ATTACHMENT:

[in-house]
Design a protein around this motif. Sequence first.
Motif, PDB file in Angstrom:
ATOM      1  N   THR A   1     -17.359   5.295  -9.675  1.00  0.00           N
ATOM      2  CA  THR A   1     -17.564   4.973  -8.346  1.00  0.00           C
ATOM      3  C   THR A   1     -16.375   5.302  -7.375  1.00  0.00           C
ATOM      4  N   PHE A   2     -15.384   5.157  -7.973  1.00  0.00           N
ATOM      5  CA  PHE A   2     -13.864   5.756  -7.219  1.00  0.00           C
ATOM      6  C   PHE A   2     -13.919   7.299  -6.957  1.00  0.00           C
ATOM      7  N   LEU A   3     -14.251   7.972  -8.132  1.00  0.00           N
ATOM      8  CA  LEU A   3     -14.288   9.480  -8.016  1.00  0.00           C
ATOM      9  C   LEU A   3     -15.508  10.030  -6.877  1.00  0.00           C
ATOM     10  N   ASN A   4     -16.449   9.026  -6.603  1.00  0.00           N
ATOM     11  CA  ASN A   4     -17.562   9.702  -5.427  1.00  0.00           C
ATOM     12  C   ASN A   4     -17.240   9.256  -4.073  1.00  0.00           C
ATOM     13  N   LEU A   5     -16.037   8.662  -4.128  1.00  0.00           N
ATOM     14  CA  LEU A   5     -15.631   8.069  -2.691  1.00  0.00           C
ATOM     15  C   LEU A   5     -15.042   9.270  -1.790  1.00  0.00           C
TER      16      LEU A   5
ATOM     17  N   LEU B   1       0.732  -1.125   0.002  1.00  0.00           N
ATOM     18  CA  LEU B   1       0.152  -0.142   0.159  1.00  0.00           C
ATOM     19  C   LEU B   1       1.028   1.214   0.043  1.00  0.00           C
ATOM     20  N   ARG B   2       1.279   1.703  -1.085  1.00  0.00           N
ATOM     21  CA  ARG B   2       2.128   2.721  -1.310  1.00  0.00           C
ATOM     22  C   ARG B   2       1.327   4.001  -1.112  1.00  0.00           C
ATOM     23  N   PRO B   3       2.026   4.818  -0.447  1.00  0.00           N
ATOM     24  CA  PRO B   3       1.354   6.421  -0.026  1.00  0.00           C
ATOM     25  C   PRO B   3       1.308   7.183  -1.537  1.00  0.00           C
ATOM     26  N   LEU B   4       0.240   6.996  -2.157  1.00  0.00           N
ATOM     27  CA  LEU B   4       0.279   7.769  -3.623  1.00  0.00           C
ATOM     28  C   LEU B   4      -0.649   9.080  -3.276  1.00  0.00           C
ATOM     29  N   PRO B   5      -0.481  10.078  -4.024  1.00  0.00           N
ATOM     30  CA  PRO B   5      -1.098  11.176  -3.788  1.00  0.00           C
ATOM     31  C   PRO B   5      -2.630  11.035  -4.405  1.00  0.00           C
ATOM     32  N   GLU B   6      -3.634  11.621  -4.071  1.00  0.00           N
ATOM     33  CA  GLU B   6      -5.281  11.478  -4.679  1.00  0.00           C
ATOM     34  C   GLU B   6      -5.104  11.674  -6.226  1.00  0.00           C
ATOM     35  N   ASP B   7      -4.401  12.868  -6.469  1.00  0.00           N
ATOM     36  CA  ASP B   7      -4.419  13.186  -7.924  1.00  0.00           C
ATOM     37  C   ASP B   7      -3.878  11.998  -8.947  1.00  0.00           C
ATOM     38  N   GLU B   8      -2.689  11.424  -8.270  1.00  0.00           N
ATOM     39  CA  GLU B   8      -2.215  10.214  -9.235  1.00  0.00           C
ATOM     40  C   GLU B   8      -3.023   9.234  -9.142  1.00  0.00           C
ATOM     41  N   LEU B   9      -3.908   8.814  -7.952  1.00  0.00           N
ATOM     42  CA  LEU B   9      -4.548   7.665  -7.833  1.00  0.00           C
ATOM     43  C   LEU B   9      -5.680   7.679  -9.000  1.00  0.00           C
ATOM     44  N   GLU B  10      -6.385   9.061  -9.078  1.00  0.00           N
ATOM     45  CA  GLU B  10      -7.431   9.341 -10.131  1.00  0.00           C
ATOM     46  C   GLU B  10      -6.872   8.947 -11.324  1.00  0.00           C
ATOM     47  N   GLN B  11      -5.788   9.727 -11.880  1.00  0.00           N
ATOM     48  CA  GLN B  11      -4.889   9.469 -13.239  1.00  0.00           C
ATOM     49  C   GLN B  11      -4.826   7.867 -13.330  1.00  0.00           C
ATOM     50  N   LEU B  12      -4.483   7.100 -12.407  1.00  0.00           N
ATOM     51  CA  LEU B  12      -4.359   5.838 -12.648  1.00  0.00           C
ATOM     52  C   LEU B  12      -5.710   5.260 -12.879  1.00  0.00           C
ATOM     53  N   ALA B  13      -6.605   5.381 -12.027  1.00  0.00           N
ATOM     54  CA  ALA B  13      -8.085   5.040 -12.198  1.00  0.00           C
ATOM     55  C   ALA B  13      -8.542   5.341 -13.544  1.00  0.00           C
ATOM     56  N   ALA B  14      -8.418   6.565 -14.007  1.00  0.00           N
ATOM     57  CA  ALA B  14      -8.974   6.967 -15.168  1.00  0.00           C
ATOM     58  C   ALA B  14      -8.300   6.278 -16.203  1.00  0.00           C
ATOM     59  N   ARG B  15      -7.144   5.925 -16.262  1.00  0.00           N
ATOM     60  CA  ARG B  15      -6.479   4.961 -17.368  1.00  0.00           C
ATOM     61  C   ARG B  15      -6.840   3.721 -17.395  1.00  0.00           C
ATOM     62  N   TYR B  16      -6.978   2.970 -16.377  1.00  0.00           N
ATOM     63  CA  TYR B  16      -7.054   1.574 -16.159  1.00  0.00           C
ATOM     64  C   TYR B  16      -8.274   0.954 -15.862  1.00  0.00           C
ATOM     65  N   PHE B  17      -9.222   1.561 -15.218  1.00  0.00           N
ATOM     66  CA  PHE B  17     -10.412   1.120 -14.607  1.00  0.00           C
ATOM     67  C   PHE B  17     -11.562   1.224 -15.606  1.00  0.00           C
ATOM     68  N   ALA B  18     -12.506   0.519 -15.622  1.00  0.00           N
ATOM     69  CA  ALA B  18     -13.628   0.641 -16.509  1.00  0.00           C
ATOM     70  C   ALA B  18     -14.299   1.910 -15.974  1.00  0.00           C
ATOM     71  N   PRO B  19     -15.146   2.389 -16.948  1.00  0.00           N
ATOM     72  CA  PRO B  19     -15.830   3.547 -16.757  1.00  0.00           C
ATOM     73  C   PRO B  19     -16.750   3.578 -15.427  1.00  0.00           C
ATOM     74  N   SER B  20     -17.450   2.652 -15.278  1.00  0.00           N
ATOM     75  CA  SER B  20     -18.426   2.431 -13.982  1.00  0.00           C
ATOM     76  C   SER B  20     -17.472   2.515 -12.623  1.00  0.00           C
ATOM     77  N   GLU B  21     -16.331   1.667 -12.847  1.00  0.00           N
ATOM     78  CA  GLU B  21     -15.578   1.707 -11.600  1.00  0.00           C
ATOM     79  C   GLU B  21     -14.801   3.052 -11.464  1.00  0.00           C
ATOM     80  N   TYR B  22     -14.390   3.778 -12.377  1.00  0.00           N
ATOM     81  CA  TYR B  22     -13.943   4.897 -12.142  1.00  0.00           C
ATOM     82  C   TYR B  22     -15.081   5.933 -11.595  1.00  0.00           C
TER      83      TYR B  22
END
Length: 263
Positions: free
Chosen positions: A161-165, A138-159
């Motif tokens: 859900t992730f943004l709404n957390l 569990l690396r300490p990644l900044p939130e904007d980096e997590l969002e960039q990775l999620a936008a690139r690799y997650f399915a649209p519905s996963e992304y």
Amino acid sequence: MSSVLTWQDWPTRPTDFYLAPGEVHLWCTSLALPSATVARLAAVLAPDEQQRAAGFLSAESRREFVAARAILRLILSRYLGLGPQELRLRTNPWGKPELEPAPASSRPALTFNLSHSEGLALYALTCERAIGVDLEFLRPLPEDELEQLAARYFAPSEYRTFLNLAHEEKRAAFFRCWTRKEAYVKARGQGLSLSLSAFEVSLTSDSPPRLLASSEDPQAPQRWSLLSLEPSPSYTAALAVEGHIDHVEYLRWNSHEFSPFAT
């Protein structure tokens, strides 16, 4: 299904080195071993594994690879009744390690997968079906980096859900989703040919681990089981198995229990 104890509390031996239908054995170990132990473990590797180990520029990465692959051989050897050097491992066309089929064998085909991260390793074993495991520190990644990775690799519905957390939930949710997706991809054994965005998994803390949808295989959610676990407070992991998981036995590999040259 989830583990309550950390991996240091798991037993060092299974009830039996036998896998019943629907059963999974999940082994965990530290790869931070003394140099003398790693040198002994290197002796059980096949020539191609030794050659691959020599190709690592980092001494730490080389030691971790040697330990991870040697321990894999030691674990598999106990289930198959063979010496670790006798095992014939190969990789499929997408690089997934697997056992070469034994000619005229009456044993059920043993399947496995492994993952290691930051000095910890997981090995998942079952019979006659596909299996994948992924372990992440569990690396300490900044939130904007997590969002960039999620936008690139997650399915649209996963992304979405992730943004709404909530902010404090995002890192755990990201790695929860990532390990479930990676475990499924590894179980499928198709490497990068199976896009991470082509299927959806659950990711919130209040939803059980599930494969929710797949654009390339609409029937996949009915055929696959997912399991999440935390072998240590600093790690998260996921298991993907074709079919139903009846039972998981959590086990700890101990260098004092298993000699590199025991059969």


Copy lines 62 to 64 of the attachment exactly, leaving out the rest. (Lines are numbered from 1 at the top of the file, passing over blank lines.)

ATOM     59  N   ARG B  15      -7.144   5.925 -16.262  1.00  0.00           N
ATOM     60  CA  ARG B  15      -6.479   4.961 -17.368  1.00  0.00           C
ATOM     61  C   ARG B  15      -6.840   3.721 -17.395  1.00  0.00           C